Today's task is more advanced than the previous exercises, and more realistic; it is still simplified compared to a real situation, but this one doesn't just consist in writing some short functions.
Before doing this you need to be good with Scheme, and with Unix.
If you have not finished the second TP then I suggest to complete it before starting this. I prefer not to speak about advanced Scheme features until I'm sure that most people have understood the content of the second TP.
You can find some practical suggestions at the bottom of the first TP page.
I've seen that many people didn't subscribe to the mailing list yet,
so chances are that you didn't either;
A student noticed that the page may ask you to accept certificates. Don't worry, the server is at LIPN, Université Paris 13; it's perfectly safe.
guile-game is Guile extended with some functionality added by me
by calling the SDL and SDL_ttf libraries in order to support graphics,
keyboard and mouse events.
You will also use (possibly a newer version of) guile-game for the final project, which is not specified yet.
As usual if you are at the Institut Galilée labs, you have to execute the red line above on each terminal before you start.
Enter the directory within your home where you want to work with guile-game.
Download, uncompress, configure and compile guile-game:
unset http_proxy wget www-lipn.univ-paris13.fr/~saiu/teaching/DLL-2010/big-project/guile-game/guile-game-0.0.5.tar.gz tar xfv guile-game-0.0.5.tar.gz cd guile-game-0.0.5 ./configure makeYou shouldn't see any error message; if everything works you will see the executable files guile-game (it's Guile extended with graphic primitives and event support), server, client and monitor.
There are several test programs, including some relatively complex ones such as last year's big project demo:
./guile-game scm/demos/line-demo.scm ./guile-game scm/big-project-demo-2009/big-project-demo-standalone.scmAnd of course there is the Pong application, which is most important for you today. You can run it with two players by entering all on the same line:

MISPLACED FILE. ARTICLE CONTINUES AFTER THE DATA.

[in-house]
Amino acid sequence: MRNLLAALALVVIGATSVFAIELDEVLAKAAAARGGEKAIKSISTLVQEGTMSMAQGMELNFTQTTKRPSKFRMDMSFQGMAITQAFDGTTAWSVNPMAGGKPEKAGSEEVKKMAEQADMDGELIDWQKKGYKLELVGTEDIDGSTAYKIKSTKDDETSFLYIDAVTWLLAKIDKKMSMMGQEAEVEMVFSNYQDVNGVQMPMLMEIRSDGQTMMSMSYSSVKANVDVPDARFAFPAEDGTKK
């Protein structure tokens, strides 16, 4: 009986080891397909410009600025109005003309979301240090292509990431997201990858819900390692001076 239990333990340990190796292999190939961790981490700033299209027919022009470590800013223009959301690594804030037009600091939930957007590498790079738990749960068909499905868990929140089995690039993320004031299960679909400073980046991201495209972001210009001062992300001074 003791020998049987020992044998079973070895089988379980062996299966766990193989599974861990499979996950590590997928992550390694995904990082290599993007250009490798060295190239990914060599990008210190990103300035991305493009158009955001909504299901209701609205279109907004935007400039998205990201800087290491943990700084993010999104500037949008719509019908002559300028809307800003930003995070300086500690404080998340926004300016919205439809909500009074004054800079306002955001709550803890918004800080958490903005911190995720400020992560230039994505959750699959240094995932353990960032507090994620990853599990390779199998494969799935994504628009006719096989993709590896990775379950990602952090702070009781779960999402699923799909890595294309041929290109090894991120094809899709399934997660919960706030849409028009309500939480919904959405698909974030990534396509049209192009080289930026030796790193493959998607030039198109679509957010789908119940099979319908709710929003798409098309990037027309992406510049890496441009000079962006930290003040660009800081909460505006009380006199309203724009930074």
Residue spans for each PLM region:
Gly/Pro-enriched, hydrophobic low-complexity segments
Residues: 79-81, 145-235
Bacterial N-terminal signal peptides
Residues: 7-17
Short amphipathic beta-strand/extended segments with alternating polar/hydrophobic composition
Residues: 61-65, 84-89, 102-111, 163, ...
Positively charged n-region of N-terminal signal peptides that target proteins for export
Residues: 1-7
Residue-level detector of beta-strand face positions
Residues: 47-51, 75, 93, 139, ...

./server ./client ./client ./monitorDon't be afraid of reading the source code when it's needed, or when you're simply curious.
Read about association lists in the Guile manual. Learn the predefined functions for working on association lists; you will need them for the next task.
The three files server, client and monitor are proprietary (for didactic reasons only; I'm gonna publish the complete sources at the end of the course); you have already compiled them from C files, but those C files are not the source code as defined, for example, by the GNU GPL; look at the files src/*proprietary.[ch] . Really: open a couple of them with your text editor and have a look.
client (and also monitor, which is another sort of client) communicates via its standard input
and standard output: it receives information about the current state
in its standard input, decides what move to perform, and emits the move to perform on its
Each message, both input and output, is exactly one (not zero or more than one) Scheme
Of course pong doesn't require much intelligence to play: the problem
is communicating with the right format.
Realistic servers and clients would run across the network, on sockets. The clients of this
application instead use their standard input and standard output, so that you can reverse-engineer
protocols without using network sniffers or more complex software.
The server communicates with clients via pipes, but this isn't interesting for you if you're not developing the server
Read the README file to understand how to run the proprietary Pong
application. Your task is implementing a program similar to
client, which can interact with the proprietary server, in Scheme.
You can observe the behavior of the proprietary version, but you
can't directly access the source.
After you have understood the protocol, the implementation will be easy: my solution in Scheme is less than 70 lines.
Call me if you succeed in implementing a program similar to client.
./server ./monitor 'solution/with-log ./client' ./clientNotice the quotes around solution/with-log ./client: the server must see it as a single option, even if on its own it's a command line (but this is not the only solution: your script may also call the proprietary client internally, and take no options).
Optional: understand the C files src/*proprietary.[ch], and tell me. How was the proprietary application implemented? Tell me.
Optional: can you obtain part of the source code of client in some way? Tell me if you succeed. Optional: about trying to recover part of the source code as just requested: is it legal? Why?
The proprietary client isn't a great player: you can do better and beat it most of the times.
Call me if you succeed in this.
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